Everything we do will either resonate with the culture or it will not work. In the US, our culture is not nonviolent, but it is risk-averse, and using tactics that scare off the general public activates that risk aversion and keeps people away. It's true that when the risks of not getting involved grow, that barrier is lowered, but there is still a barrier, which is important unless you are looking to create Syria-like conditions, in which case there is little to discuss.

The impulse toward flattening the hierarchy of a movement is great, but the leadership is in the visioning, strategic planning and ongoing evaluation, not in some sort of "I'm the dominant personality and the spokesperson, so I'll make the decisions and be leader" model. We see such silliness emerging here and there in the wake of Occupy. In my town we now have little campaigns with young male leaders, as though we are learning the lessons of Occupy by returning to some yesteryear model in hopes that it will magically work. That is so sad.

I have great hope for American activism, and there are plenty of creative campaigns that will win in the next period. I only want to help a stronger nonviolent paradigm to go viral and get more done faster. Many others are seeing this; can we create a culture of commitment and nonviolence? If so, we are in it to win it.

Saturday, July 27, 2013

Deciding for ourselves who we are with

We in the US elect our congress members who then make policy and when that policy affects someone's profits, we have the potential for corruption. If that policy is to make war, we can add bloodshed to potential corruption. If that policy is to make unnecessary war, we can add immorality to bloodshed to corruption.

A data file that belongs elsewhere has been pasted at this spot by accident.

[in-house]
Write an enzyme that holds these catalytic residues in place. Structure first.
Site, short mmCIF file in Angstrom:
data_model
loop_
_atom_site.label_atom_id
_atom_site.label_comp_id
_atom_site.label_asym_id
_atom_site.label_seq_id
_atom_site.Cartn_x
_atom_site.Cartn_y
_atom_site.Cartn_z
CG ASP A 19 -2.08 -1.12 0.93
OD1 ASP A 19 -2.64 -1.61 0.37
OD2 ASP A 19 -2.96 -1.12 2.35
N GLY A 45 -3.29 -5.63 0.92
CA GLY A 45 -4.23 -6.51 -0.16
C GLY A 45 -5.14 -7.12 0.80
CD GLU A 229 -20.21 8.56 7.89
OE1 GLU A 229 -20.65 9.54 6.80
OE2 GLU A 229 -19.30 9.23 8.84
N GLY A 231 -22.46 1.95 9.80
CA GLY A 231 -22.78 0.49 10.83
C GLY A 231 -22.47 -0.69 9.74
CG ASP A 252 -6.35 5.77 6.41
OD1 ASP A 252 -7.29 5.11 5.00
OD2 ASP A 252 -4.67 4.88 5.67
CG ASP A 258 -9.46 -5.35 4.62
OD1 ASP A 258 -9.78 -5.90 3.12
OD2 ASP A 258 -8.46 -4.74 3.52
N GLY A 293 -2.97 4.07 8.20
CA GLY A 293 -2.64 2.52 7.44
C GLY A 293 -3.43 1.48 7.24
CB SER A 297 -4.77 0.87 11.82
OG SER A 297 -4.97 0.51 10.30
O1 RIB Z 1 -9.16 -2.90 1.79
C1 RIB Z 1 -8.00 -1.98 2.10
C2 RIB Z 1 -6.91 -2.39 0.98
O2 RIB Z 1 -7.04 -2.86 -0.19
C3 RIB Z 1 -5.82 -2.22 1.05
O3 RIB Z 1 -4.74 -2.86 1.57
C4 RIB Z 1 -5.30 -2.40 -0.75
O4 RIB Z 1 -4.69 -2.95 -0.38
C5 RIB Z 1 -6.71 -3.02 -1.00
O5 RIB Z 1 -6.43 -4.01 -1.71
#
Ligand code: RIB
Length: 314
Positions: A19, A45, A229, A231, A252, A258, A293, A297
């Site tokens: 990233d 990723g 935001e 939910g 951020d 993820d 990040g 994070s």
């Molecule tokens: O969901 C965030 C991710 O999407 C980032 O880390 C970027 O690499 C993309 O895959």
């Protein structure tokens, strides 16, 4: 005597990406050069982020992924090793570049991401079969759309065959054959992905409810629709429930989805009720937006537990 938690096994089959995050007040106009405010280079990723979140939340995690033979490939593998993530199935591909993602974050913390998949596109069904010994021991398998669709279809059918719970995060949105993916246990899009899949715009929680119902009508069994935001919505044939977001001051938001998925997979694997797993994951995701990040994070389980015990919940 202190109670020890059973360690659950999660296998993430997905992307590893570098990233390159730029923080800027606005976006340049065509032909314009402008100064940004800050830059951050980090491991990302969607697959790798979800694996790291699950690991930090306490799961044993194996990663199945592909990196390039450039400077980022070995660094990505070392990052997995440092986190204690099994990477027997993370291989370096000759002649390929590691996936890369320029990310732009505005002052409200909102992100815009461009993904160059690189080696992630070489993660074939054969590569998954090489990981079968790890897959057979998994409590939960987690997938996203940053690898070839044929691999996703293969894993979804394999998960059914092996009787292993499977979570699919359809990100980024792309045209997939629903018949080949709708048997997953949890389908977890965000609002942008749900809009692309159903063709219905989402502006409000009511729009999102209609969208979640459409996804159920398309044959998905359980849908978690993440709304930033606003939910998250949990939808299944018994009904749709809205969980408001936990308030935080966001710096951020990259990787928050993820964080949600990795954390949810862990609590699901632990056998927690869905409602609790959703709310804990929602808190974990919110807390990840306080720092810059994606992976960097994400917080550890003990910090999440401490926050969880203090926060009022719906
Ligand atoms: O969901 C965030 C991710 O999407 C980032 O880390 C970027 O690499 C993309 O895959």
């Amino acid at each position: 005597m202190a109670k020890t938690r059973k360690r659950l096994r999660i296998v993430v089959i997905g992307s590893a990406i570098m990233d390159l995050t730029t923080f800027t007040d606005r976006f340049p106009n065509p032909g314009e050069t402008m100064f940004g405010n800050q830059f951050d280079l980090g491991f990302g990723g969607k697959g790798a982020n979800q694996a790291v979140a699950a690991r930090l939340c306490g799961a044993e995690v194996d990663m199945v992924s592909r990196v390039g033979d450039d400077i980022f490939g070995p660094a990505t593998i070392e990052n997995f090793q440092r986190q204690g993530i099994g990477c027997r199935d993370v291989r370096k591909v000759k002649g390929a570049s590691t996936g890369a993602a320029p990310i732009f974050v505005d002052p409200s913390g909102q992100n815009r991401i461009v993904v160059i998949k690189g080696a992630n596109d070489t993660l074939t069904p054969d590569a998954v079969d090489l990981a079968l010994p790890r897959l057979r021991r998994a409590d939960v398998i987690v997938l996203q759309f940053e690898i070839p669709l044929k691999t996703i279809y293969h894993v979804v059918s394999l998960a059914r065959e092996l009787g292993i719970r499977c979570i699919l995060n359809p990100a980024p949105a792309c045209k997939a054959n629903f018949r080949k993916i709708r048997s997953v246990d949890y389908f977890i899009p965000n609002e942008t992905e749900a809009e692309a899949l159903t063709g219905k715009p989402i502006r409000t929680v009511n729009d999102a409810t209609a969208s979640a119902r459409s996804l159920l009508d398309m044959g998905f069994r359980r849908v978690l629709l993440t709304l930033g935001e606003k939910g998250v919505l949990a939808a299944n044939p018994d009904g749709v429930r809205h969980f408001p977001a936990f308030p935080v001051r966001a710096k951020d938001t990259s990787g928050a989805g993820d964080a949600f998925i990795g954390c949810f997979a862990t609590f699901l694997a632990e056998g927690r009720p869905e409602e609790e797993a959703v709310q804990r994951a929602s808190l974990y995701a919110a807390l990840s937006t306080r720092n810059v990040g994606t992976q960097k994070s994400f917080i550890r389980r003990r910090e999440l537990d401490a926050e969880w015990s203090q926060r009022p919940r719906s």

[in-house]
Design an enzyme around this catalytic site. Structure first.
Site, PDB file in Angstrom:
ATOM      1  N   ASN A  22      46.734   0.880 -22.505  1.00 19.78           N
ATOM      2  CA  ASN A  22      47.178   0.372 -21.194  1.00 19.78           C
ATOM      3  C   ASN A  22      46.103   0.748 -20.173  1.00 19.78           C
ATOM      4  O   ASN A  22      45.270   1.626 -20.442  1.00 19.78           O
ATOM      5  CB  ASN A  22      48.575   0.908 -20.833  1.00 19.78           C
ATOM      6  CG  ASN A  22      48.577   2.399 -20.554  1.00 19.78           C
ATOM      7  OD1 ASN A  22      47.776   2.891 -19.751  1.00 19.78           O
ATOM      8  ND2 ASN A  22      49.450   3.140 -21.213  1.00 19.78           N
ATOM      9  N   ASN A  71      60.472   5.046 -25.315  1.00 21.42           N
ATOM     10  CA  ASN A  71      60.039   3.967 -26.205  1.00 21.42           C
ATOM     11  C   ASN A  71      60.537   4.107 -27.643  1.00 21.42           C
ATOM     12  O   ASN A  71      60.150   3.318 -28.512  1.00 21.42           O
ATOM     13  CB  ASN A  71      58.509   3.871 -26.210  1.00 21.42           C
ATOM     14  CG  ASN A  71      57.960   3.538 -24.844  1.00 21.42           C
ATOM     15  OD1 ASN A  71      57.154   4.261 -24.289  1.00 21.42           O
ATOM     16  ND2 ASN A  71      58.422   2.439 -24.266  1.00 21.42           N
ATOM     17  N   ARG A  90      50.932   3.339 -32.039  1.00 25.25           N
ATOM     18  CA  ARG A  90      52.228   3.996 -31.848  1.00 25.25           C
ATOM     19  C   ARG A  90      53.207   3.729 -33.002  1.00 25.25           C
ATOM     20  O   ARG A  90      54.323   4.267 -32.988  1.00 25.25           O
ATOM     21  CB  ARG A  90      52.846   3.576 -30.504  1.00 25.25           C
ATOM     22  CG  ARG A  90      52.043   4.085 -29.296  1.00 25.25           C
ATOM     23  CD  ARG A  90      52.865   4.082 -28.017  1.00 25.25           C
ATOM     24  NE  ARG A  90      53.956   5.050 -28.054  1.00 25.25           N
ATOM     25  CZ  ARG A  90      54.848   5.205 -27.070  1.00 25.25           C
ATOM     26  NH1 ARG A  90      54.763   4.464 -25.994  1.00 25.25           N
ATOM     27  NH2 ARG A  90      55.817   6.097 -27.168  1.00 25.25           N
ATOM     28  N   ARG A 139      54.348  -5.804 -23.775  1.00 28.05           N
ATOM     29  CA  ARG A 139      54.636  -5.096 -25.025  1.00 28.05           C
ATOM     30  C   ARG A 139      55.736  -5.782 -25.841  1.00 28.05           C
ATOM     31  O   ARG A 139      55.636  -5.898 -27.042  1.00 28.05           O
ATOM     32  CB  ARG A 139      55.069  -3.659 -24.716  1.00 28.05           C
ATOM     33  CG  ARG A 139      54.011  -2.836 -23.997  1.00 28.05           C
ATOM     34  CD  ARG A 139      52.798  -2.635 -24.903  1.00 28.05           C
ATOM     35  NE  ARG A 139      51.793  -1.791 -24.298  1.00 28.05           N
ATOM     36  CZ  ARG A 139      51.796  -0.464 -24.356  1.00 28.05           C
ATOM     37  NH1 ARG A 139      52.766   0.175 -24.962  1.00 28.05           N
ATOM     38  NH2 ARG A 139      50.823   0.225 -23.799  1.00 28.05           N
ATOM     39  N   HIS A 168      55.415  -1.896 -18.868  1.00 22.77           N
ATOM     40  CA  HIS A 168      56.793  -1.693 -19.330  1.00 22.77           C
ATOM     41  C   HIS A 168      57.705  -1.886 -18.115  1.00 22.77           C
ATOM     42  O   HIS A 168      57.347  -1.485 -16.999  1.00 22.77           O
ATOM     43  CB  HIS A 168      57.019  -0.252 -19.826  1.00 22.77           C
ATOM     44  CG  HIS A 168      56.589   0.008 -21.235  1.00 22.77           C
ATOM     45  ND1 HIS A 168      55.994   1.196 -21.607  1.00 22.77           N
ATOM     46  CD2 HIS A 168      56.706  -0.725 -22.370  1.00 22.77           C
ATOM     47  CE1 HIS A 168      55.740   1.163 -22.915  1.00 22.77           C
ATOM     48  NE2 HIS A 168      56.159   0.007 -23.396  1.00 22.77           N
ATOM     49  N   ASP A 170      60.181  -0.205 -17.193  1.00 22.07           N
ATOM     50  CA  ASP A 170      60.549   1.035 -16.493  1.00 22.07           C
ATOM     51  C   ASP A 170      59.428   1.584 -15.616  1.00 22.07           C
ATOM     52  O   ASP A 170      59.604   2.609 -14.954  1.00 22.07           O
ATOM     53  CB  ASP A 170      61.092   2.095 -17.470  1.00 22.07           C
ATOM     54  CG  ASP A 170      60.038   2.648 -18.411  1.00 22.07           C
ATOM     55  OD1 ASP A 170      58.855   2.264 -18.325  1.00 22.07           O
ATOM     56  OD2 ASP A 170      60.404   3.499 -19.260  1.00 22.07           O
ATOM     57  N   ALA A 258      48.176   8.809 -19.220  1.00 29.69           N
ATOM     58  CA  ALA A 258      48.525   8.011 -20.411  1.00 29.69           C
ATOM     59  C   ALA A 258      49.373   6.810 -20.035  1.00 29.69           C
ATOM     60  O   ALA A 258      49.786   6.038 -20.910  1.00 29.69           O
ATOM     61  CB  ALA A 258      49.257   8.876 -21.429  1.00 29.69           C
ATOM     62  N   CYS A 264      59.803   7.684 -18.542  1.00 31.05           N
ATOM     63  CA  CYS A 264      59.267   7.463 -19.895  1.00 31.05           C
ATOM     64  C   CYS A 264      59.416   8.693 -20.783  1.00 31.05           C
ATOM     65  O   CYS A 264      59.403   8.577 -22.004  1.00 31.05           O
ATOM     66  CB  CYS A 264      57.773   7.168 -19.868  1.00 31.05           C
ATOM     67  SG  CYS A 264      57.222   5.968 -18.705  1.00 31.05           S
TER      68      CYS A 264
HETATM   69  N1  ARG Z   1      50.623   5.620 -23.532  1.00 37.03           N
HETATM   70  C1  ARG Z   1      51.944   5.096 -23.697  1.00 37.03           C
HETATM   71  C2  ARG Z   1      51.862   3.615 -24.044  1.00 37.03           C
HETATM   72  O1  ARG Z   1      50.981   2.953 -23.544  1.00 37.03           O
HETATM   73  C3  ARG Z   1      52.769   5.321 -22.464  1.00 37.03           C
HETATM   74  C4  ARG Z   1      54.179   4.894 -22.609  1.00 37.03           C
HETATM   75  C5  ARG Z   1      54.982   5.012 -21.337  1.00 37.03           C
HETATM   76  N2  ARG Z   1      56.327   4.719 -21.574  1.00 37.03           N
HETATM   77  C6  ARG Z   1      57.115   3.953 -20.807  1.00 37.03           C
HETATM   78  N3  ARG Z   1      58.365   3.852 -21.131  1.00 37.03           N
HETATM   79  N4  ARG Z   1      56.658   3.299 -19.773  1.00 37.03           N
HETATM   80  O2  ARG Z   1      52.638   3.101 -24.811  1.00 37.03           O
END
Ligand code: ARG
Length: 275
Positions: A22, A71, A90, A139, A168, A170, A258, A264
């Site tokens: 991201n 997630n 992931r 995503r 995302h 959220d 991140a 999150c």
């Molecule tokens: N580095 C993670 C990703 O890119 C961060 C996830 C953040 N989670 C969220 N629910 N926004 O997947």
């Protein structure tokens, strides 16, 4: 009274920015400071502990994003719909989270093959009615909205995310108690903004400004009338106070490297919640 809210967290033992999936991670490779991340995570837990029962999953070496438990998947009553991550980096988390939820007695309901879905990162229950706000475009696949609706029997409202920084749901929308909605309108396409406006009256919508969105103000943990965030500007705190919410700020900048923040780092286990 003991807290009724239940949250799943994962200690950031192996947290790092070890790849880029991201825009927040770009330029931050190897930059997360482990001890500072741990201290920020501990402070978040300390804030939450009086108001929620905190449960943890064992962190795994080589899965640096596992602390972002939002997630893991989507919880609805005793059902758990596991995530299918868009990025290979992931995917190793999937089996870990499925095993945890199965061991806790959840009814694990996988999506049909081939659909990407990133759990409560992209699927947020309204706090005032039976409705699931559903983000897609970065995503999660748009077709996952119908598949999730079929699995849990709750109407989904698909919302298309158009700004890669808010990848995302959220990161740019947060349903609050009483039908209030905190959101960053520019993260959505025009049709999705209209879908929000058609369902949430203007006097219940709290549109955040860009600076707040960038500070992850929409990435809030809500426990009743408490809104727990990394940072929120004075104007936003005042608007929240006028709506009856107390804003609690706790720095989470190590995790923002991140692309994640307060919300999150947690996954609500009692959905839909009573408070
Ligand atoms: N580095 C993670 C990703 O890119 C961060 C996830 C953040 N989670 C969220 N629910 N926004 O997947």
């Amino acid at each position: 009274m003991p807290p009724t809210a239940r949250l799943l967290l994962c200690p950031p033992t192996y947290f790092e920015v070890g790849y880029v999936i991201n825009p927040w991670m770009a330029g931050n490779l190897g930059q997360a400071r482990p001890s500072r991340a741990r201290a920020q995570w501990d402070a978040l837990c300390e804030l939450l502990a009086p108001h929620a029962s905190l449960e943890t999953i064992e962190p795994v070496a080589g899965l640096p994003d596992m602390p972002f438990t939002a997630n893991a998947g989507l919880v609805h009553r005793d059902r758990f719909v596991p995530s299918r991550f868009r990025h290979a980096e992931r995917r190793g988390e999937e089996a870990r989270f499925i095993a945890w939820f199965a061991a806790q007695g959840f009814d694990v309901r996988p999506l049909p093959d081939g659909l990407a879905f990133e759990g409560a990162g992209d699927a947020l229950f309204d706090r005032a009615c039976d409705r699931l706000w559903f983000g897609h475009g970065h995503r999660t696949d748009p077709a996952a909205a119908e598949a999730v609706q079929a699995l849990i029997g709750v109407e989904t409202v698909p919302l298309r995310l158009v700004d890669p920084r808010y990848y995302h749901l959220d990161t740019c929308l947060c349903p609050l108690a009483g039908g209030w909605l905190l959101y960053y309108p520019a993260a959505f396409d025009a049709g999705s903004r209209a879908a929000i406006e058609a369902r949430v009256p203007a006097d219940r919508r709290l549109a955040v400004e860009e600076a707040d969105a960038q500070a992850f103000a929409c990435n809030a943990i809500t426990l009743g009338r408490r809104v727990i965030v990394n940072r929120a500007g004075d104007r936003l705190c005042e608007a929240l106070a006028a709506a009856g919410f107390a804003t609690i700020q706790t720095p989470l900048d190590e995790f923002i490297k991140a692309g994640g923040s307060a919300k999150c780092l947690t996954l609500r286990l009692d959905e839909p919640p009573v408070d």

Welcome to the 21st century. It wasn't always this way hereabouts.

Indeed, this was a worry on back in the Civil War, and the Confederate Congress "experimented" with an "excess profits" tax. The US passed such a law during World War I. The last time it was used was in the Korean War--war profiteering has been quite legal since, even if it is immoral bloody corruption.

Any profit on war is immoral and bloody, and certainly corrupt if the war is unnecessary, but that is the special thing about the 21st century; we find that no war is necessary. Every single one of them could be avoided, every war between nations, every civil war, and every invasion and occupation. We not only have a large and growing number of case studies that reveal alternatives, we have the research and the methods available to all parties in all conflicts so that none ever has to be violent. And yet war, occupation, and violent insurgencies continue.

Let's fix this.